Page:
Flood insurance is a big financial plus after a disaster such as a hurricane because home insurance doesn’t cover flood damage.
Still, most flood insurance may not be as generous as homeowners expect.
“It’s very basic coverage,” says Ryan Andrew, president of The Andrew Agency, an independent insurance brokerage in Richmond, Virginia.
Knowing your policy’s limits will help prevent unpleasant surprises when it’s time to file a claim. Or if you’re buying flood insurance, understanding the limits can help you decide whether to purchase additional coverage.
Most flood insurance is provided through the federal government’s National Flood Insurance Program. A policy can cover just the building or the building and personal belongings, such as furniture and clothing.
“Excess flood insurance” is additional coverage you can buy from private insurers on top of an NFIP policy.
|At a glance: Limits on a standard NFIP flood insurance policy|
|Rebuilding and repairs on a house||$250,000|
|Basements||Limited to damaged drywall and ceiling, furnaces, washers and dryers and other basic items. Furniture and other belongings in the basement not covered.|
|Things outside such as trees, deck and pools||No coverage|
|Expenses when you can’t live in your home||No coverage|
Rebuilding and repairs
No matter how much a home is worth, the most a policy will pay to rebuild or repair it is $250,000.
NFIP flood insurance reimburses for the actual value of belongings, such as furniture, bedding and clothing, not for the price of brand-new items. The actual value is the cost to replace an item, minus depreciation.
The most a policy will pay for damaged belongings altogether is $100,000.
Check your policy to confirm you have coverage for belongings. Many people buy flood insurance because their mortgage lenders require it. Lenders, though, require coverage for only the building, says Jeff Nicholl, claims supervisor for Wright Flood, a national flood insurance provider based in St. Petersburg, Florida. Whether you buy coverage for belongings is optional as far as lenders are concerned.
“Many people have finished living spaces in the basement and are very surprised and confused to find that much of that is not covered,” says Lisa Lindsay, executive director of the Private Risk Management Association, a national group for insurance agents that serve high net-worth clients.
The very basics of basements are covered, such as foundation walls, drywall walls and ceilings, electrical outlets, staircases, furnaces, water heaters and central air conditioners. Washers, dryers and freezers (including the food inside) are also covered.
But much else is not covered in the basement, such as:
- Carpeting, tile and other floor coverings
- Paneling, bookcases and curtains
- Clothing, electronic equipment, kitchen supplies and most other belongings
There is no coverage for living expenses if your home is uninhabitable because of a flood. This is different from the way a home insurance policy works. If your house is damaged by a disaster covered by home insurance, such as a fire, and is uninhabitable, the homeowners policy pays for extra expenses such as hotel costs or rent, while your home is rebuilt.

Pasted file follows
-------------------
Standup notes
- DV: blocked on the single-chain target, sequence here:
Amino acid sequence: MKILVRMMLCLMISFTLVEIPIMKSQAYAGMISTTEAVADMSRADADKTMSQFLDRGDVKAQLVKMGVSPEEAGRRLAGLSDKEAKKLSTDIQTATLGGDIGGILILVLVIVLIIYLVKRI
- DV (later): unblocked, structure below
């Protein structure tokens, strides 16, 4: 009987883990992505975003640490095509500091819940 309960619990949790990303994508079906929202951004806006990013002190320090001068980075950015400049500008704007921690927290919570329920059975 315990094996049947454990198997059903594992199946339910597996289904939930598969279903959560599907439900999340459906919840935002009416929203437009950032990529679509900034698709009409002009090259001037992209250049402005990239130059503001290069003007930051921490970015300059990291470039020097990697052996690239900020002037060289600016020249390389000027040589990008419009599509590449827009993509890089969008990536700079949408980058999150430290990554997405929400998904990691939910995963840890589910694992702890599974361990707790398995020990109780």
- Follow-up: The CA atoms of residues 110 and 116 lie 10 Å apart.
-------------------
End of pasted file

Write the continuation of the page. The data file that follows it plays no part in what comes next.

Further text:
Outdoor furniture and landscaping
Anything outside the building is not covered. That includes trees, plants, patio furniture, decks, hot tubs, swimming pools and septic systems.
Here’s FEMA’s complete list of what’s covered and not covered under an NFIP policy.
Excess flood insurance
Most people who buy NFIP flood insurance skip excess coverage, and that’s unfortunate, Lindsay says. In a recent survey of her group’s member agents, only 20% of their homeowner customers with flood coverage had excess coverage.
Excess policies let you raise limits on the payout for the house and belongings. Some policies also pay for additional living expenses if your home is uninhabitable and pay for replacement, versus actual value, of belongings. The options vary by company.
After a flood
Here are the first insurance steps once you’re safe:
- Call the insurer that administers the flood insurance policy. “We encourage everybody to file [a claim] as quick as they can,” says Andrew, who has clients with property in Houston. “It’s not going to be an overnight process.”
- Apply for disaster assistance if necessary
- Check your policy’s “declarations page,” which spells out the coverage and the deductibles
- Make sure your name and the name of the mortgage lender are correct, and call the insurer to fix any mistakes immediately to avoid delays later. “The check comes in the name of the insured and the mortgage company,” Nicholl says, so it’s important that the names are right.
- Get instructions for filing the claim. The Federal Emergency Management Agency’s claims handbook is a good starting point.
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